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About the Author
Kim Lindbergs spent her wasted youth in the 80’s clubbing, squatting, dumpster diving, making music, writing poetry, reading too many books, watching too many movies and dreaming. She occasionally found time to write for zines such as Propaganda and Spontaneous Combustion under the oh-so gothic guise of Eva. She also attempted publishing her own zines on occasion, including the first English language US zine dedicated to women's comic culture in Japan called Shoujo S.I.Ndicate.

After graduating from the University of Life, she began studying art, web design, literature and film at her local community college. Since then she has gone on to work as a freelance writer for publications such as Comic Culture and Book Passage, while holding various web related jobs. She is now working on numerous design and writing projects, and is currently obsessed with photography and digital art. She hopes to further her education at UC Berkeley and maybe even earn some type of degree before she’s 40. Other future hopes include seeing the world, publishing a book and being able to afford a larger apartment.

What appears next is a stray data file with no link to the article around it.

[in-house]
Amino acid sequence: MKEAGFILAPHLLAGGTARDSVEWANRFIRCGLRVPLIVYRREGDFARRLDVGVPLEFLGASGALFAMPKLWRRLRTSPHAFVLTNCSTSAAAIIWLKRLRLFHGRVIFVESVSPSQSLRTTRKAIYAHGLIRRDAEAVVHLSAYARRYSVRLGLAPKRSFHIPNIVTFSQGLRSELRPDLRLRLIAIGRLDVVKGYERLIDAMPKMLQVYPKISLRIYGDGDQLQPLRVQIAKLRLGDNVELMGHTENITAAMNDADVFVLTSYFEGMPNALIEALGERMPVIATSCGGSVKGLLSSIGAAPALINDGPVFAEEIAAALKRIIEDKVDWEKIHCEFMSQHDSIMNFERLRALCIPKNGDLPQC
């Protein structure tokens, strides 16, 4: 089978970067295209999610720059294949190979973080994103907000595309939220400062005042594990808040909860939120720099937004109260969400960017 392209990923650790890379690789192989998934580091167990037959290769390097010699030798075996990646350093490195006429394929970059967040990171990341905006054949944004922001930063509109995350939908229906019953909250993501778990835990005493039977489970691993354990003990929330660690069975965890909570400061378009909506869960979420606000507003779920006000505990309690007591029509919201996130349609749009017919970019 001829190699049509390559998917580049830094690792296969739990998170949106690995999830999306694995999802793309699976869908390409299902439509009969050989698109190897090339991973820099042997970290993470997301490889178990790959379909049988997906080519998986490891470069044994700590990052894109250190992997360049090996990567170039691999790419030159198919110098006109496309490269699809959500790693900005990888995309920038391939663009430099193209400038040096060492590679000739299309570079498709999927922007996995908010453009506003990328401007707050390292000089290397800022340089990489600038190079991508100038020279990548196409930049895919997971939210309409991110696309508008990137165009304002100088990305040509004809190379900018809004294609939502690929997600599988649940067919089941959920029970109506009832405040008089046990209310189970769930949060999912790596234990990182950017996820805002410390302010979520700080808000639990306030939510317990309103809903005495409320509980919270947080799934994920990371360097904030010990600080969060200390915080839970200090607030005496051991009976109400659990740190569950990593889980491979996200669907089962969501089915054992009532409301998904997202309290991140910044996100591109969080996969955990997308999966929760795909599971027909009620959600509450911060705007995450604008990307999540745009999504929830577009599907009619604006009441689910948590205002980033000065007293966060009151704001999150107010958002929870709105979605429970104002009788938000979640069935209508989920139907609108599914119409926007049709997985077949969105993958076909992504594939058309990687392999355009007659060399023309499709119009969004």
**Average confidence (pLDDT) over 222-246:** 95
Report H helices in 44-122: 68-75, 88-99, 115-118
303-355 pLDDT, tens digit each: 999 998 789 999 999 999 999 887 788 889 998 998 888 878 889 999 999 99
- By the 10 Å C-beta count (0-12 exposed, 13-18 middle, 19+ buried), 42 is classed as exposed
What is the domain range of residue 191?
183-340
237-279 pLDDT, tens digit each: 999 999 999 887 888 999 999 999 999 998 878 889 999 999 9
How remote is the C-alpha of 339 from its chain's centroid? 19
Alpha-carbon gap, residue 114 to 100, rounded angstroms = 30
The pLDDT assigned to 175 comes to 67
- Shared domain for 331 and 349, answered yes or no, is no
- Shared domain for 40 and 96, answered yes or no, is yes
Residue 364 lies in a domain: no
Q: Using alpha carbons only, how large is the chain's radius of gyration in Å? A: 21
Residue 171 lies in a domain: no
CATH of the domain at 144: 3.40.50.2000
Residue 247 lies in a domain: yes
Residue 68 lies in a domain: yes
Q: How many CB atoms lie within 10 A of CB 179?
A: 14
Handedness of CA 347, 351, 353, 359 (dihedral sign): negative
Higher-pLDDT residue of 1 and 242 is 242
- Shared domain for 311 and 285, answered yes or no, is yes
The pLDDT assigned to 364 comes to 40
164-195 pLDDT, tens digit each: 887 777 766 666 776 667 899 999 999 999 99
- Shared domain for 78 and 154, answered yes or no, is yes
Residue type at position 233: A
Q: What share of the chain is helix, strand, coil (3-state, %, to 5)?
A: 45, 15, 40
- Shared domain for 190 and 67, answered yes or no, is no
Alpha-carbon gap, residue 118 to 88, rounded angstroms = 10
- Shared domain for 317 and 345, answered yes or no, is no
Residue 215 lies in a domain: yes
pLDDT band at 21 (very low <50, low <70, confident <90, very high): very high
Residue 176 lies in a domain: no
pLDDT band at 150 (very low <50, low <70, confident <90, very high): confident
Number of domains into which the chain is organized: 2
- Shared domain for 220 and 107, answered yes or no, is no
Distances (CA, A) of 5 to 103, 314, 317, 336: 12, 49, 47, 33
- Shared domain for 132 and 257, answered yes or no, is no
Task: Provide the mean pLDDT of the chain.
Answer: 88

More of Kim’s work is available at her web site.
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Ill | Kit McAllister

   

   


Welcome to City Gothic
Kim Lindbergs
Anime for goths.
City Gothic is a term used in Japan to describe a style of anime set in a futuristic world, which features gothic and cyberpunk overtones. One of the genres most famous directors is the talented Yoshiaki Kawajiri, who has directed such notable City Gothic films as Wicked City (a.k.a. Monster City), Demon City Shinjuku, and the three part series Cyber City OEDO 808. Yoshiaki Kawajiri’s work is often filled with sexually explicit scenes and he enjoys using dark religious imagery to exaggerate a point. All of Kawajiri’s anime projects seem to feature unusual heroes with a rather bleak outlook, who are often hiding some type of dark secret as they battle an array of sadistic enemies. Yoshiaki Kawajiri’s masterful direction and beautiful character designs make his City Gothic anime titles “must-sees.”